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Can process replace skill?

An AMC may have a great 'investment process' in place to cope with a fund manager's exit. But how effective is it?

Can process replace skill?

Ask Indian mutual funds about fund-manager exits and many of them will tell you that they have a great 'investment process' in place to manage a smooth transition from such changes.

The investment process essentially lays down the boundaries within which managers can operate and ensures that every manager belonging to the AMC follows a standard set of rules for stock selection. But the extent to which the process actually decides the strategy of individual schemes depends on how elaborate the process is.

Some AMCs define the boundaries by restricting the investible universe for all their schemes. Instead of allowing fund managers a free hand to hunt for stocks from the entire listed universe, they apply filters to restrict the playing field to just 200 or 300 stocks. Market-cap, size or liquidity filters may be used to shortlist this investment universe.

For instance, AMCs such as Axis, BNP Paribas and Invesco are quality con-scious and filter companies for consistent earnings growth and a specific return on equity. Quantum Mutual Fund does not consider stocks with less than $1 million in daily trading volumes.

Some AMCs also have qualitative checks. For instance, Franklin India specifically avoids companies with a patchy governance record or a history of run-ins with regulators. Further, some AMCs specify the style according to which schemes will be managed - growth, growth at a reasonable price or value, thus putting in place set rules for stock selection.

AMCs also lay down tight mandates for individual schemes, which prevent the fund manager from straying too much from the benchmark. For instance, ICICI Focused Bluechip sticks to the top 100 stocks by market cap, with no more than a 5 per cent deviation from the sectors in the benchmark. SBI Bluechip Fund doesn't allow the fund manager to be overweight or underweight in any sector by over 8 per cent relative to the BSE 100. Nor can individual stocks be overweight/underweight by more than 5 per cent.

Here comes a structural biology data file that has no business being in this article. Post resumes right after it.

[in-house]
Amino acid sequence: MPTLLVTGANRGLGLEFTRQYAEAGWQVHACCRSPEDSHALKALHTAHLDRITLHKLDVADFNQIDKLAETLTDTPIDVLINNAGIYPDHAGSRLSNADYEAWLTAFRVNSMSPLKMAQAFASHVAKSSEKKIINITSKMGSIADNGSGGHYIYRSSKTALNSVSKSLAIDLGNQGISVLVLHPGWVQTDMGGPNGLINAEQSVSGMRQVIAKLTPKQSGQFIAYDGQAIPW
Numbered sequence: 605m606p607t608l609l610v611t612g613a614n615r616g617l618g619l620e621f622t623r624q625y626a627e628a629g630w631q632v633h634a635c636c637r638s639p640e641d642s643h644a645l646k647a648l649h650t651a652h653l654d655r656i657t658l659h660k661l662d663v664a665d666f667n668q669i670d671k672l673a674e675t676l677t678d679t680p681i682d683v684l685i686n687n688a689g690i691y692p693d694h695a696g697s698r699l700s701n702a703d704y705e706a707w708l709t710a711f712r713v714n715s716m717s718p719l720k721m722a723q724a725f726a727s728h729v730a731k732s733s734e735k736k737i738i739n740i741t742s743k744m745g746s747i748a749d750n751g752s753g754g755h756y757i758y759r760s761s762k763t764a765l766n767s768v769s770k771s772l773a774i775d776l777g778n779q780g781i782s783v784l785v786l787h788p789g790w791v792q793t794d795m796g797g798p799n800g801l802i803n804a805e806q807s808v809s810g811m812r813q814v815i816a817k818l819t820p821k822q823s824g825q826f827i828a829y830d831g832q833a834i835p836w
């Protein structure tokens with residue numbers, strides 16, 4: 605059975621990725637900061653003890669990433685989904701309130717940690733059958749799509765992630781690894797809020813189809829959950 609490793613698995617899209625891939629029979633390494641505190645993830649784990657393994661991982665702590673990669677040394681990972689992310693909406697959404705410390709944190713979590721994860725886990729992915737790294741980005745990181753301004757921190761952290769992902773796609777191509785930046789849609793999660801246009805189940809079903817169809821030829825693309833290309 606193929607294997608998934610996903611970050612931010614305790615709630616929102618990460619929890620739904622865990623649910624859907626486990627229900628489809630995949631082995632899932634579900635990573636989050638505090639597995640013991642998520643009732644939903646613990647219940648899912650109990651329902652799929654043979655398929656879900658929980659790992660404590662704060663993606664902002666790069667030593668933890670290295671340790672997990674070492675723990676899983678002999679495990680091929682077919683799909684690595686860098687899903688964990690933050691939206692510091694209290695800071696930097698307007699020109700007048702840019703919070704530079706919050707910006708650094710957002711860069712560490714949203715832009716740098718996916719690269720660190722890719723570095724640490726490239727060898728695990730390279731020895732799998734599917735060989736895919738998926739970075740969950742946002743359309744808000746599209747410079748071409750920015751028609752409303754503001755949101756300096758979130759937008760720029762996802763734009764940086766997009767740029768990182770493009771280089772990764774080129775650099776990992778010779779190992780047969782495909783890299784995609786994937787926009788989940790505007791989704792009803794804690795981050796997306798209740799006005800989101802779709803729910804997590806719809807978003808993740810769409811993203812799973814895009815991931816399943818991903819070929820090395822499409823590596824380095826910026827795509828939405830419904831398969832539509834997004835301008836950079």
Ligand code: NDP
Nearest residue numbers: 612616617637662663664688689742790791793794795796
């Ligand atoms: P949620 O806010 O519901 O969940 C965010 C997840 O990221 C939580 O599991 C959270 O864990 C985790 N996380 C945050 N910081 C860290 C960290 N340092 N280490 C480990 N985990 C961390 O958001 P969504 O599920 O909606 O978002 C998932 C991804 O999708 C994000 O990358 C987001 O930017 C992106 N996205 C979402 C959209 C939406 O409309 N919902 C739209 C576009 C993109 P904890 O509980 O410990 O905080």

Large AMCs also have in place investment committees and risk-management teams that play an active role in screening the stocks and positions taken by fund managers.
All these processes ensure that when one fund manager quits and another takes his place, there is some continuity in the scheme's strategy and investment philosophy. But despite all this, the CEOs of leading AMCs are the first to admit that too much emphasis on 'process' in fund management can be counter-productive.

Leo Puri, Managing Director of UTI AMC, explains, "You can have a process - a well-documented reasoning behind investment choices and risk parameters in terms of concentration, liquidity and so on. But having done that, there must be maximum possible freedom to individual fund managers. At UTI, we value individual contributions and respect diversity and conviction in stock selection. When you dilute that, the accountability also gets watered down. You should not normalise behaviour so much that no one is willing to take ownership of a decision."

The takeaway is that an investment process can be effective in shielding some kinds of schemes from the impact of fund-manager churn. Clearly defined large-cap funds, mid-cap funds or thematic funds with a restricted investment universe and tight pegs to the benchmark may not suffer much from a manager change. But schemes that embrace some styles (say contrarian or value) have a flexi-cap mandate or are benchmark and sector-agnostic require many more calls from the fund manager. Therefore, they will be vulnerable to a performance shock if the manager quits.

As the CEO of a top AMC frankly put it, "Anybody who tells you that their process is so fine-tuned that the fund manager does not matter is lying. Can you replicate Zakir Hussain's concert by documenting where to hit the tabla?"